Home Podcasts THMG067 – Acid / Base Titration

THMG067 – Acid / Base Titration


In this episode, Mike and Bob discuss the basic ins and outs of acid/base titration.

Complete Show Notes

4:55 What is Titration?

  • Put simply, it’s taking an acid and a base and trying to bring them together into a neutral state
  • Unfortunately, it’s very easy to screw this up in the real world – there’s a mathematical reason for this
  • The pH scale is base 10 – every time you move up 1 on the scale, you’re multiplying the amount by 10
  • When we titrate, we’re left with salt water and a little bit of heat

9:05 Concentration vs. Strength

  • Concentration
    • When we throw pH paper (percent hydrogen disassociation) into a liquid, we’re getting its concentration
    • Measured via molarity
  • Strength
    • Tells us how the acid will react and how it can hurt us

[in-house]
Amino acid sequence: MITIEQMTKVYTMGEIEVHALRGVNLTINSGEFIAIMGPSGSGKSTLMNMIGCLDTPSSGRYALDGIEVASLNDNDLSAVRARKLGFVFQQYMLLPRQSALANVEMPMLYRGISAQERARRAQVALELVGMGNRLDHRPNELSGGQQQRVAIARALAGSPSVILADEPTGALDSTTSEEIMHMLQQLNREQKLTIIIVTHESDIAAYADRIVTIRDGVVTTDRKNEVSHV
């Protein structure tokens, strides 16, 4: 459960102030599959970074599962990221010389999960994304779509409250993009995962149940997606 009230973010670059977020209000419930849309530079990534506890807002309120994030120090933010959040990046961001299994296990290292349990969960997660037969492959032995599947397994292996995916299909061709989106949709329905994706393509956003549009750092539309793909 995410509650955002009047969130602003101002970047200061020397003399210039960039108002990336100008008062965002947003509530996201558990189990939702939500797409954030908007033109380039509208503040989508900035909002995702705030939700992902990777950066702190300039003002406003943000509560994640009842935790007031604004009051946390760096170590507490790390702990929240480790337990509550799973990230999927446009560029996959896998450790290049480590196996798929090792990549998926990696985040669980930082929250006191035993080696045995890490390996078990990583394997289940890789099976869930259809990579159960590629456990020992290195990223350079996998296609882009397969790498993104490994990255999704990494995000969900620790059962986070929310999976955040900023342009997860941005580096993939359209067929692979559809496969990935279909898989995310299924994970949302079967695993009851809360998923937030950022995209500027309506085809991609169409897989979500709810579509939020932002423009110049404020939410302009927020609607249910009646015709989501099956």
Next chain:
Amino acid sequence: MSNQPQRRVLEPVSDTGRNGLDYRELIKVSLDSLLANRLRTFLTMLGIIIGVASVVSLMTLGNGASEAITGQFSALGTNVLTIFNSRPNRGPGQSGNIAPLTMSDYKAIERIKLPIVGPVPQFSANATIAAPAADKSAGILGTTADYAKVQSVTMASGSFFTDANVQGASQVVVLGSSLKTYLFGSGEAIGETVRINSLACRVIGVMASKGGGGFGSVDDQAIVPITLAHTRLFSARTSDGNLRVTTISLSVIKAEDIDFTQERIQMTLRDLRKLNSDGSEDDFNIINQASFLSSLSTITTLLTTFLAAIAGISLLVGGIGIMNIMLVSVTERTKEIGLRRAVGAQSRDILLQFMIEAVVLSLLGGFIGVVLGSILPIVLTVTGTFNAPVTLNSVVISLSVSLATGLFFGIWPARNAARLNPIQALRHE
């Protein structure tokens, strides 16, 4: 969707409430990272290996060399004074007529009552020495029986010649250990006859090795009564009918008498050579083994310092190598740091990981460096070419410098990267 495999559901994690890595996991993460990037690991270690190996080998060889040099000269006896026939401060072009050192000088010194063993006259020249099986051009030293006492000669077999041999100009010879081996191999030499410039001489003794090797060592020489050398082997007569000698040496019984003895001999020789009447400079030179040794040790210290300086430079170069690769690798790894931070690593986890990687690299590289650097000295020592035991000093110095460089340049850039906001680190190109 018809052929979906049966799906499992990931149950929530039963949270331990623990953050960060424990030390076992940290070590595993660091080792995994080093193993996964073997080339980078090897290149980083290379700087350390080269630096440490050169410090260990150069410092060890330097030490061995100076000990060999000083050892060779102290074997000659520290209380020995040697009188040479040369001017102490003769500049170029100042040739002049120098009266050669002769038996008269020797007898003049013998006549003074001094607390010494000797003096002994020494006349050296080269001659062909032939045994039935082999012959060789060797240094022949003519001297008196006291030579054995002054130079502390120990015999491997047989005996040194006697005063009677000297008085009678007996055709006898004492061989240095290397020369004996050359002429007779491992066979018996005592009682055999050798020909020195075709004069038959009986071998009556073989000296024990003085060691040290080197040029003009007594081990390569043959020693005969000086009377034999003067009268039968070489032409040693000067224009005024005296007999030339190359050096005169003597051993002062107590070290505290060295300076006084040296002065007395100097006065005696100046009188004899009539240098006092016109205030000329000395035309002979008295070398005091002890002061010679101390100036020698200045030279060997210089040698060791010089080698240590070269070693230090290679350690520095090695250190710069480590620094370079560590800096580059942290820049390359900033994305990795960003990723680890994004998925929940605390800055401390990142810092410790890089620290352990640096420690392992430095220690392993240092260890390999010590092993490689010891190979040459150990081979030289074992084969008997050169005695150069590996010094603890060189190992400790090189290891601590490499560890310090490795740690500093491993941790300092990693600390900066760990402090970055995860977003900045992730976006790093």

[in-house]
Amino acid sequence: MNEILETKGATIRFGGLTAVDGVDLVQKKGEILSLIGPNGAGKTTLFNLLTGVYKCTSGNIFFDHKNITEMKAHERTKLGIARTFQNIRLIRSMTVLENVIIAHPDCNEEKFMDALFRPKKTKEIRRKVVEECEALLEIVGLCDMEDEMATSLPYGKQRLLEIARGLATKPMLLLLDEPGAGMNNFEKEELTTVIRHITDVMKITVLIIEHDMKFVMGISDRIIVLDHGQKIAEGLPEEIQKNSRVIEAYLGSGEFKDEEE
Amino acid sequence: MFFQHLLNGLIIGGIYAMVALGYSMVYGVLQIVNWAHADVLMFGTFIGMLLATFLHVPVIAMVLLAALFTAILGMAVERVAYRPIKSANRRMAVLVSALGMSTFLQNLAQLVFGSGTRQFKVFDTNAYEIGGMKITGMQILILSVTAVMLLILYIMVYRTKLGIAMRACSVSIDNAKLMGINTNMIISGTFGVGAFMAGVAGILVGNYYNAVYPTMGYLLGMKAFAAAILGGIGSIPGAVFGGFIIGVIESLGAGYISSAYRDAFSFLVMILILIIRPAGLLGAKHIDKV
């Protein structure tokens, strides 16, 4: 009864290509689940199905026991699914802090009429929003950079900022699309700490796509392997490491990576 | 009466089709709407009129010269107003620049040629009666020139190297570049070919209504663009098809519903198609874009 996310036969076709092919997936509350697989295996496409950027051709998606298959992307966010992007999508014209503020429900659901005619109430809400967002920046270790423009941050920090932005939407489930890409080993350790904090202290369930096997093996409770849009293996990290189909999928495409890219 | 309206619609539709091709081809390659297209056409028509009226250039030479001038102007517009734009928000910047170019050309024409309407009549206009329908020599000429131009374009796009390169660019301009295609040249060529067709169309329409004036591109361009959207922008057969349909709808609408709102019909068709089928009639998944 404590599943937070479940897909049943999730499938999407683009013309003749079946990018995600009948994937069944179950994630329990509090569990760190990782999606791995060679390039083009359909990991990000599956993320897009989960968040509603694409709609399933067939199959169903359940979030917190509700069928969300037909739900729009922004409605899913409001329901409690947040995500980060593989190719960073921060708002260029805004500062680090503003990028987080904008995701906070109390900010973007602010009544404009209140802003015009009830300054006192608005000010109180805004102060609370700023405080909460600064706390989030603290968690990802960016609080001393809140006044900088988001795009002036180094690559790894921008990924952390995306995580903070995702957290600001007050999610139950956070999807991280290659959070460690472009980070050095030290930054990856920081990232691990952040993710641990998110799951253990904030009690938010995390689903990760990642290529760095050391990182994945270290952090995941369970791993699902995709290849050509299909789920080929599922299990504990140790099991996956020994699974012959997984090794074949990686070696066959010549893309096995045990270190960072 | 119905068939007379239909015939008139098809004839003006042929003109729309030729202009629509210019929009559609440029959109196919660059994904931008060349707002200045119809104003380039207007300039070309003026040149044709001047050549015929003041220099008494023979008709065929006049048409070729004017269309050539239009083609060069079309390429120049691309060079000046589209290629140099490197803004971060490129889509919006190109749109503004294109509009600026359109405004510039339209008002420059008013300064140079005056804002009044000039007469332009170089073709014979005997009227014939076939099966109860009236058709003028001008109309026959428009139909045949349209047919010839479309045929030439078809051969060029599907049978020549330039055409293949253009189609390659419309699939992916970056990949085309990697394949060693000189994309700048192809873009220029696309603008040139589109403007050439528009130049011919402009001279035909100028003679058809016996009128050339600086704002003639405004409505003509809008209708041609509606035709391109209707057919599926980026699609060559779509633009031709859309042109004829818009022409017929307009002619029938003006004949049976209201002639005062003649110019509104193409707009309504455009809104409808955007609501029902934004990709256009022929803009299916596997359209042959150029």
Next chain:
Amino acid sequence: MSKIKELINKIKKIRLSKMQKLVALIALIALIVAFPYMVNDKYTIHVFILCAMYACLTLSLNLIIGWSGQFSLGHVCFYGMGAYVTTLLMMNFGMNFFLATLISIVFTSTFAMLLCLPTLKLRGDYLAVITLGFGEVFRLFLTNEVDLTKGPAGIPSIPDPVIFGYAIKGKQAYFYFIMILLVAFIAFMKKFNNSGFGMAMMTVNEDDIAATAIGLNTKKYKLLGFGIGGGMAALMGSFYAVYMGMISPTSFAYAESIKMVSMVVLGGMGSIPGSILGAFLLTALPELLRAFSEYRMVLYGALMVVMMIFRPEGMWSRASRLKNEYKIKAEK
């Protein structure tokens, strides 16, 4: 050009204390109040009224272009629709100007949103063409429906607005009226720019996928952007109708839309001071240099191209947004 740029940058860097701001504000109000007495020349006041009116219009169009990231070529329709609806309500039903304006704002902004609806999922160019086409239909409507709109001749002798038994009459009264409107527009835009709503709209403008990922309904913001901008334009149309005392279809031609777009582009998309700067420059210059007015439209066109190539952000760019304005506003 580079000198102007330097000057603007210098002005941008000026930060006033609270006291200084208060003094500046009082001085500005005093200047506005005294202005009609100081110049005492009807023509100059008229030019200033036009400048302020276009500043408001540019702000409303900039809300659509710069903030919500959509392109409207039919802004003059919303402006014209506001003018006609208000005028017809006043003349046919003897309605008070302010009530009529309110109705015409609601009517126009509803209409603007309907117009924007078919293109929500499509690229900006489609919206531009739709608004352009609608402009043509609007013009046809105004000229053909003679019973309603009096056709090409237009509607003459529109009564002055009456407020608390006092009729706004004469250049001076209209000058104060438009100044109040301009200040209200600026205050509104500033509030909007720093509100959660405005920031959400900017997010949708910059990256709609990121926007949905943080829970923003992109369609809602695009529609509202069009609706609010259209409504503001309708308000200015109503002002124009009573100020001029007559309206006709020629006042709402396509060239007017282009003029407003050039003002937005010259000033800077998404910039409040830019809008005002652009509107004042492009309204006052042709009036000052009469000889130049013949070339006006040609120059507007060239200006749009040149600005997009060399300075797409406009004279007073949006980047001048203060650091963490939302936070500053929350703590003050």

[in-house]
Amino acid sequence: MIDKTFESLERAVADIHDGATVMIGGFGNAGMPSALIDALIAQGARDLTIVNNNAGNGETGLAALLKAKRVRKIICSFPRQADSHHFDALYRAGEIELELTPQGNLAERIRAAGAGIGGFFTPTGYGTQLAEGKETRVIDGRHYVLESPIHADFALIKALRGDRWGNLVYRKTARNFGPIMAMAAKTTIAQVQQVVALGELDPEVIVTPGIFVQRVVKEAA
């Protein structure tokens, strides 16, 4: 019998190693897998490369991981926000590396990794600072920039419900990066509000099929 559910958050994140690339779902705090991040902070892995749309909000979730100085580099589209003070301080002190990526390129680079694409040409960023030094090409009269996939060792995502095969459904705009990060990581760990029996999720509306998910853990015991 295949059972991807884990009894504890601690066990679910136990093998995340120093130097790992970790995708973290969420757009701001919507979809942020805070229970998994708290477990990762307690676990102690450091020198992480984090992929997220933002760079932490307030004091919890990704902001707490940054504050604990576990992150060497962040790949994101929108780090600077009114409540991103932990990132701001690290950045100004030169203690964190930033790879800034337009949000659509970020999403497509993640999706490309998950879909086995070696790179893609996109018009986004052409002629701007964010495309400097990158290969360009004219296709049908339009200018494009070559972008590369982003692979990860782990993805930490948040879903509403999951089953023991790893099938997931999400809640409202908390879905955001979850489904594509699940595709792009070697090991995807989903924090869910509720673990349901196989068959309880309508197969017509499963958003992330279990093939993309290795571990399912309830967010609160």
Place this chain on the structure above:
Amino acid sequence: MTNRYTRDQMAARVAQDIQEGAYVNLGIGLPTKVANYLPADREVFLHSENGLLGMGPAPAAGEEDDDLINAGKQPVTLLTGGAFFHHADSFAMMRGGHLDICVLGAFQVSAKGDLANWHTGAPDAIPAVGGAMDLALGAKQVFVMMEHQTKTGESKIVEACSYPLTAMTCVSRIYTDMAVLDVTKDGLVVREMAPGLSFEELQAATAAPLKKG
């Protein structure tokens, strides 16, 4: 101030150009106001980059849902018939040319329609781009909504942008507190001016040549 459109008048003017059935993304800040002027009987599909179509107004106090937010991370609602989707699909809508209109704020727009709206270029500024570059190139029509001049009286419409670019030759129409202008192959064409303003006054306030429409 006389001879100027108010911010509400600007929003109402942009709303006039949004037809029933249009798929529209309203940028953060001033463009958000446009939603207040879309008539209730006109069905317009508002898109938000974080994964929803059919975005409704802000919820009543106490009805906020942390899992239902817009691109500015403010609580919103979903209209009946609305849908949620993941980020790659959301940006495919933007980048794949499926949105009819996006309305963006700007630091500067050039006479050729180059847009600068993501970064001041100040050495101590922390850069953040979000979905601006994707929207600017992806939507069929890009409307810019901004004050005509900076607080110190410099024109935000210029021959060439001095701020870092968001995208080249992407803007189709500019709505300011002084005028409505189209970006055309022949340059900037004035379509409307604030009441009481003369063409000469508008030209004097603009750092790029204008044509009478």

• Don’t go by the pH when you’re figuring out how much slurry to use

13:30 Making and Using a Slurry

  • Also known as titration liquid
  • A slurry is the base you add to an acid to help weaken the acid and bring its pH down
  • A slurry is generally a known weak base or weak acid – we want to eliminate unknowns
  • Always add the acid to the water – it acts as a heat sink because there’s an exothermic reaction
  • Use the same amount of slurry every time to make your life easier – they can’t be inconsistent
  • The bigger the difference between the acid and the base, the bigger the reaction and sizzle – remember that nothing is instantaneous, so give it a few minutes – when it’s finished, you’ve reached the equivalence point
  • Try doing a test shot so you know what you’re dealing with and won’t be surprised by a violent reaction

24:35 Using Test Strips

  • Don’t just throw them into the solution – you’ll end up tossing in too many sheets
  • Instead, dip it and pull it out, use alligator clips, use an extension rod, or drip the solution onto the test strip
  • Bob recommends mini titration – this helps you set up a mathematical equation to keep things uniform – it’s usually 90,000 drops to a gallon

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